- There is a sign-up bonus of 50,000 miles for spending $3,000 within the first 3 months. But the key feature here is the way you can earn and redeem rewards. You can earn rewards at a flat rate of 2 miles per dollar spent on anything. You can redeem those miles in any amount to cover any travel-related expenses over the past 90 days. Additionally, when you book hotels at hotels.com, you earn 10 miles per dollar of booking. There are no foreign transaction fees, naturally.
- The miles can only be redeemed at a fixed value of one cent per mile. That could be a drawback for a skilled travel hacker, who can find better values elsewhere. But for everyone else that’s probably an advantage. No need to waste time researching countless redemption strategies. There is also an annual fee of $95, which is waived the first year.
- The key concept here is simplicity, and it applies to both earning and redeeming rewards. An above-average flat rate is combined with easy redemption in any amount and for any type of travel, down to a taxi. This product is strongly advised for a travel card novice or really anyone who doesn’t want to bother with too much research.
Ink Business Preferred℠ credit card
- The bonus is 80,000 points if you manage to charge $5,000 of expenses within the first 3 months. The rewards rate is 1 point on all expenses and 3 points on such business-related expenses as travel, shipping, and advertising. On business expenses there is a spending cap of $150,000 per year. Once you’ve reached the cap, the rewards rate drops from 3 points to 1 point. There is also the usual benefit of earning your points as Chase Ultimate Rewards®, which can be redeemed through Chase travel portal at 1.25 cents per point, or transferred to one of the travel partners and possibly redeemed for even more.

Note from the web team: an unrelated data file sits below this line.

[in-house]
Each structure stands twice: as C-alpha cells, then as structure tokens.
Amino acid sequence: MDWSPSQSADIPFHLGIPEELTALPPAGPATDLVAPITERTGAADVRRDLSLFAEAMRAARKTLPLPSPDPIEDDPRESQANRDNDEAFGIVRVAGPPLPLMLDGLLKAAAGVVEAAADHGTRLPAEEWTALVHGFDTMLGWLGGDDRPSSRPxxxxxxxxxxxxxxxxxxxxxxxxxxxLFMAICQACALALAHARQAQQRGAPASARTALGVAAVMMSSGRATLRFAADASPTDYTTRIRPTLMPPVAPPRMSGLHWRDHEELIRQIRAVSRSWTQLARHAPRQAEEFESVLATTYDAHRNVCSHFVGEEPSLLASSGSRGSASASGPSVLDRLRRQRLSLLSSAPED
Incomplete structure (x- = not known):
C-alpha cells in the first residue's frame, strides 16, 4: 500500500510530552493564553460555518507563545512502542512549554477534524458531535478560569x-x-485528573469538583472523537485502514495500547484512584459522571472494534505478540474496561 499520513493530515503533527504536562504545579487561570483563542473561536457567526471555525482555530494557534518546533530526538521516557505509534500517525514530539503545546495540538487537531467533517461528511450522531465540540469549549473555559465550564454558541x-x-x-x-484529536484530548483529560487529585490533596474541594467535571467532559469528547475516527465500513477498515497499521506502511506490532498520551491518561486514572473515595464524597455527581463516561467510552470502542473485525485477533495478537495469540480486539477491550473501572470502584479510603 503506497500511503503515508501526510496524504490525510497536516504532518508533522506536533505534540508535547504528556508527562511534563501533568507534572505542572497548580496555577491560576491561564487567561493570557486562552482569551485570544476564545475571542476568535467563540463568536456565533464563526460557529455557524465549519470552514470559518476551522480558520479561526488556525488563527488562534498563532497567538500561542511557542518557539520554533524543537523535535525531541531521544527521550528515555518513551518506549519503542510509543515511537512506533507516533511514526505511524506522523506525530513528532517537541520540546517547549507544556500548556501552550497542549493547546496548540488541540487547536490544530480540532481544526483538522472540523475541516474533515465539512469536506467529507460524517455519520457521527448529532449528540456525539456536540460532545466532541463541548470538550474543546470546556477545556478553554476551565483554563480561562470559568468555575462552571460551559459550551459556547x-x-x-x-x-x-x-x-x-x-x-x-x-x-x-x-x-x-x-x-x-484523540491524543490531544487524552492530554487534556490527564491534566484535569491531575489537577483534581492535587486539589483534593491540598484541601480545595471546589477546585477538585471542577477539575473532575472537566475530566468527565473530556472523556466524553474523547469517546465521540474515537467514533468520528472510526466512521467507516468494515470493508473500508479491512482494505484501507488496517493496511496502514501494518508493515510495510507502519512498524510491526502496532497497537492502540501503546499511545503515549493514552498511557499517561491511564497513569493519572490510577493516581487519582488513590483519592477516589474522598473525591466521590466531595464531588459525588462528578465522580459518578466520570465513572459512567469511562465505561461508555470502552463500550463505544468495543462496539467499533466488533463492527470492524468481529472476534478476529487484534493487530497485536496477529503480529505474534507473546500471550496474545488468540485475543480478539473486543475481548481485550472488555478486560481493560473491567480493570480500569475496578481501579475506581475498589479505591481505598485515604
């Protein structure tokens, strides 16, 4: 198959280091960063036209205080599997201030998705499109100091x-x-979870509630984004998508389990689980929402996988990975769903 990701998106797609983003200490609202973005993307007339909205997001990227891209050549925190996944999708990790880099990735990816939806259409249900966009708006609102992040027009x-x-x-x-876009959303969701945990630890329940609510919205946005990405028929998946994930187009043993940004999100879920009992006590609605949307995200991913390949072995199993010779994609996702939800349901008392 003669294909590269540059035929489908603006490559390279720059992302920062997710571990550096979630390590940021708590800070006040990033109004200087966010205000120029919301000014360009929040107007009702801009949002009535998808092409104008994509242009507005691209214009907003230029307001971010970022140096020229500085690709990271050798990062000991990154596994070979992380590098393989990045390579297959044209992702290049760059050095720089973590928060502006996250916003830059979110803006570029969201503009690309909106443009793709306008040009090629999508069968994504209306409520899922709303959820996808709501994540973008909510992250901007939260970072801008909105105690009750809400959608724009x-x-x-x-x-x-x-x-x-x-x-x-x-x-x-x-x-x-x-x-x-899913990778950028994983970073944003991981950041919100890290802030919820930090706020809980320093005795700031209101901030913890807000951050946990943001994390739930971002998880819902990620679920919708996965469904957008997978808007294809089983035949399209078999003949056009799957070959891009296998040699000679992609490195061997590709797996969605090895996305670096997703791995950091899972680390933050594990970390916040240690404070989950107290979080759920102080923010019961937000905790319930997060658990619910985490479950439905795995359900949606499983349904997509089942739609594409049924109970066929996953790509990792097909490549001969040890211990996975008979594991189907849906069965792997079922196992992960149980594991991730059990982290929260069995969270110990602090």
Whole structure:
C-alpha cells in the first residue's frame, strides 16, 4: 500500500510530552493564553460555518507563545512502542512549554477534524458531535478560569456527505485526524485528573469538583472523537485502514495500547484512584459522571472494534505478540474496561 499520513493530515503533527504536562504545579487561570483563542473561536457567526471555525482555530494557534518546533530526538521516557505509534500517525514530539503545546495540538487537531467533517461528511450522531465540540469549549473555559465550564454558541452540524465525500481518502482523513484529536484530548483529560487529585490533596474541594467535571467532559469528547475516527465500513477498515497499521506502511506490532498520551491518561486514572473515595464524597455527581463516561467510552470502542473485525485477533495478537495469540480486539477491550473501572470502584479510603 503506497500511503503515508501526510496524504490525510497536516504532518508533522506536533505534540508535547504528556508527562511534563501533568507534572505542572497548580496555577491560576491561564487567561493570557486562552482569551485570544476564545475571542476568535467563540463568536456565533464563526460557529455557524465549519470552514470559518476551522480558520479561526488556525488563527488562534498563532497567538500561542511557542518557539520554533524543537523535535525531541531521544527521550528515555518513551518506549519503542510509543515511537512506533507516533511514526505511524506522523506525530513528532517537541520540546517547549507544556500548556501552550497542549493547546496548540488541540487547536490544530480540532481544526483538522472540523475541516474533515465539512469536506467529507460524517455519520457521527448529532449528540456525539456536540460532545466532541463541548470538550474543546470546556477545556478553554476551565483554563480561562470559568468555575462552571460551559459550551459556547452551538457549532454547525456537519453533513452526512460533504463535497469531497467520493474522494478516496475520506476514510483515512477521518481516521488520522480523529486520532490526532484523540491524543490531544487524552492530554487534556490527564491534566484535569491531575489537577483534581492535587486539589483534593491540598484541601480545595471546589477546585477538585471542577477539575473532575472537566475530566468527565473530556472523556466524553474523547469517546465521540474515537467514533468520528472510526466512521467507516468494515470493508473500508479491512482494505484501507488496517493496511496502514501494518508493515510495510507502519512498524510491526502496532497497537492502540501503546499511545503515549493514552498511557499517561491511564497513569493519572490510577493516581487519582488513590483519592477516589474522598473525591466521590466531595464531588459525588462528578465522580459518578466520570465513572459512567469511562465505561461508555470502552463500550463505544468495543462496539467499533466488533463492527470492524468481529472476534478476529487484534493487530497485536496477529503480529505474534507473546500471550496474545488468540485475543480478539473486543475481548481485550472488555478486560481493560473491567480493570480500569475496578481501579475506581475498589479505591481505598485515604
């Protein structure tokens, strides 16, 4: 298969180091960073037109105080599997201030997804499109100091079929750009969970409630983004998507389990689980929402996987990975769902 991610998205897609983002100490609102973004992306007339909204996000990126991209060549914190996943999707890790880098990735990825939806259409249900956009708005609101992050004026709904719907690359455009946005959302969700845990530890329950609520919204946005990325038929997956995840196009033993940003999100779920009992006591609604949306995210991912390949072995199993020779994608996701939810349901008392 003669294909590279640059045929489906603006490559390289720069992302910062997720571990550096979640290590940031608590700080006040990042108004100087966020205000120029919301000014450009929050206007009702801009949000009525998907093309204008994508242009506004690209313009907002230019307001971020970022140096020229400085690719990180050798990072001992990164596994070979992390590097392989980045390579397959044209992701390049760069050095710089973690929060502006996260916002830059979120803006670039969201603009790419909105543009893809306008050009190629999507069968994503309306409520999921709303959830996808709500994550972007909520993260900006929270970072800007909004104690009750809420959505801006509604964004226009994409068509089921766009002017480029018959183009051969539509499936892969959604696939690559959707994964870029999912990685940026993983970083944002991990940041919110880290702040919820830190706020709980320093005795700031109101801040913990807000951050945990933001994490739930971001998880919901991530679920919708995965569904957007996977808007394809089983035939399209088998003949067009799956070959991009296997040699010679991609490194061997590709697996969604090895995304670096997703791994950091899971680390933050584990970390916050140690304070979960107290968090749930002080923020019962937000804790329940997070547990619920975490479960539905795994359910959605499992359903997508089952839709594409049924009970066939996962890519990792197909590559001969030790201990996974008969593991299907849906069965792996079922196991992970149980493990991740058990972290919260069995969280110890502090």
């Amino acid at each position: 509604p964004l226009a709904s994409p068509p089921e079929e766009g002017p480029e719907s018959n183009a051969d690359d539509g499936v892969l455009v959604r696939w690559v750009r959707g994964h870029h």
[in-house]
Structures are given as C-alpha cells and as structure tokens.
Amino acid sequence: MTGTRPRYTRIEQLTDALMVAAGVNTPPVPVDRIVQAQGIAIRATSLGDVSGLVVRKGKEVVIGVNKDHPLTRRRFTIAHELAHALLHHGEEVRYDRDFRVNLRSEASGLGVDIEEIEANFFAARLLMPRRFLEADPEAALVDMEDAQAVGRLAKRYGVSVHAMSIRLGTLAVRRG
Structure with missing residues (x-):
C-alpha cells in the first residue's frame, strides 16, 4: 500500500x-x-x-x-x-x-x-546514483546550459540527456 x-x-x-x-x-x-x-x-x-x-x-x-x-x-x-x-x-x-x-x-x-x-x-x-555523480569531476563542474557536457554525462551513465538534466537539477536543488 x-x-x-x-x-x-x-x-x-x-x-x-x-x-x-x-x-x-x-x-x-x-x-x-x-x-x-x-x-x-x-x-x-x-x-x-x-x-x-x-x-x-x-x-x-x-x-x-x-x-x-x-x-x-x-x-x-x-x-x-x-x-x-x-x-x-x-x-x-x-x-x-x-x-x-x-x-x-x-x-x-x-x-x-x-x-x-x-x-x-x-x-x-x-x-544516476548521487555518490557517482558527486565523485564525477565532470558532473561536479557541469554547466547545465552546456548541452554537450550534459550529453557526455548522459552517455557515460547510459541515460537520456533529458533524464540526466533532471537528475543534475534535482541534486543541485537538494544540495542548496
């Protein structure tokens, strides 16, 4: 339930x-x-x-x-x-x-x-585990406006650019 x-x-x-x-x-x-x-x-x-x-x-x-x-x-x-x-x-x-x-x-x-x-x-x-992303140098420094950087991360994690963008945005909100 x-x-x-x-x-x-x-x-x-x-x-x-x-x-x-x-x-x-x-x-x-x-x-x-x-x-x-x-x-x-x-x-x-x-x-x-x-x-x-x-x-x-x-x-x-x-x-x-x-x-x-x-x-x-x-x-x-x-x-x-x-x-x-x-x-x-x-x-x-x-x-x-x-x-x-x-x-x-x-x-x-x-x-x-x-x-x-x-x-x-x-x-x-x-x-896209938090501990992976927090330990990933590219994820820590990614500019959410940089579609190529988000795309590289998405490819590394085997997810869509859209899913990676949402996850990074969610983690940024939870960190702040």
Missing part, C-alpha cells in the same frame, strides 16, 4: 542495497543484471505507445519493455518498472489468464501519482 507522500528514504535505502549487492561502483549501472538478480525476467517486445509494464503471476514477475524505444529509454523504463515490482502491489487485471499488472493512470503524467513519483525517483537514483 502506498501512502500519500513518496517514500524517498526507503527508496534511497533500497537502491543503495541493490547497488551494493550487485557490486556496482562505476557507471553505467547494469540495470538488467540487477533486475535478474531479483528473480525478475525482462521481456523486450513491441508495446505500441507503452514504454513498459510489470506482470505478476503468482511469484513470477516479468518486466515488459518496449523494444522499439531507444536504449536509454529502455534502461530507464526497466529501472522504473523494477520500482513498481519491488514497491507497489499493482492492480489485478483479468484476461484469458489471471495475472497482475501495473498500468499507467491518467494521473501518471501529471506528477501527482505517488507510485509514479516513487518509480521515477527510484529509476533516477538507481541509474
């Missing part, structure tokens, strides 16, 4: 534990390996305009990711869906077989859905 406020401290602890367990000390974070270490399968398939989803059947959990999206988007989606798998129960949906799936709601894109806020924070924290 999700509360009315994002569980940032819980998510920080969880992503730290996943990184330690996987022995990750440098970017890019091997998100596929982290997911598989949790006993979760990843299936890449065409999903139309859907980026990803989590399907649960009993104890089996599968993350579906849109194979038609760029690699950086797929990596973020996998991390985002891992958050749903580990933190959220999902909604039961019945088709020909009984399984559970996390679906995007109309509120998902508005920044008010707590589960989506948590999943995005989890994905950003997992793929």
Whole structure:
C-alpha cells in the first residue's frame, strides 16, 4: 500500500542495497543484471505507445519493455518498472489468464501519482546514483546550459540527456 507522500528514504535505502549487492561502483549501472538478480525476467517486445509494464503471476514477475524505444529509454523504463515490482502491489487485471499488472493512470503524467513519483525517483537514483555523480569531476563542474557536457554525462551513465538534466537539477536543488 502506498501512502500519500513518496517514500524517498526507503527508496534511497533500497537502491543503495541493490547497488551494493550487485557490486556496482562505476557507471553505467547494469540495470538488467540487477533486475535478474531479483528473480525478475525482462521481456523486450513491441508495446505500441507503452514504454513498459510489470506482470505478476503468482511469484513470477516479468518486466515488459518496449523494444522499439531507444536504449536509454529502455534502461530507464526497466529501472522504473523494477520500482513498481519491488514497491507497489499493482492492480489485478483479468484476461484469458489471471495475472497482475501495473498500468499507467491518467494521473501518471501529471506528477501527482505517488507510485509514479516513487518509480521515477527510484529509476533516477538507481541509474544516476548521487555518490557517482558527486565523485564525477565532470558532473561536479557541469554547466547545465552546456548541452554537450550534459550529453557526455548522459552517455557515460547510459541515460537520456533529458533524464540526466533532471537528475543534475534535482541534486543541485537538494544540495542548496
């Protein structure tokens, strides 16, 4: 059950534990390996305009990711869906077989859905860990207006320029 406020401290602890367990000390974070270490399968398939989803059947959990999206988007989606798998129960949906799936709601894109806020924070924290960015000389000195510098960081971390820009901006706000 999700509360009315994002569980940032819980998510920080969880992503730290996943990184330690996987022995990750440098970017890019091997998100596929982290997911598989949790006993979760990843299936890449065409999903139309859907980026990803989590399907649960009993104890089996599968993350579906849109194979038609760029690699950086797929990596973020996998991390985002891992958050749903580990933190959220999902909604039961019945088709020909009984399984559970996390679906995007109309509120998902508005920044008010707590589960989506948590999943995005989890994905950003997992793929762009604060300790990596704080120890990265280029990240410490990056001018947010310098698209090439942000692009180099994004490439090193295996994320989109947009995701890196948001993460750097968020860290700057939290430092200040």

- There is an annual fee of $95, and it’s not waived the first year.
If you push it to its absolute max, you’d be earning over $5,000 of free travel per year. And even if you don’t, you’d have no problem recovering the annual fee with just about any level of spending. This card is a no brainer investment for a small business. And even though it’s not explicitly advertised as a travel product, it still blows most of the travel credit cards out of the water.
United MileagePlus® Explorer Card
- Currently, there are two sign-up bonuses. You can earn 40,000 bonus miles by spending $2,000 on purchases within the first three months. Another bonus of $100 statement credit will be added to your account once you make your first purchase. The base rate is 1 mile per dollar spent on all purchases. The bonus rate is 2 miles per dollar spent on dining, hotels, and United purchases. There are also a number of smaller travel perks, like a free first checked bag, two one-time United Club℠ passes per year, a 25% discount on United in-flight purchases, and up to a $100 credit to cover your Global Entry or TSA Pre✓® application fee.
- The main downside of a co-branded loyalty program is that you are stuck with a single airline and there is no flexibility of moving your miles around. This wouldn’t be a problem for devoted United customers with a United hub in their area. Another drawback is the annual fee of $95, but it’s waived the first year.
- When applying for a co-branded travel card, your main consideration should be which airline has a hub in your area and covers most of your usual destinations. We’ve picked United since it’s a solid card with a broad appeal domestically and somewhat internationally. But don’t hesitate to choose a different airline if it makes more sense for your area.
The Starwood Preferred Guest® Credit Card from American Express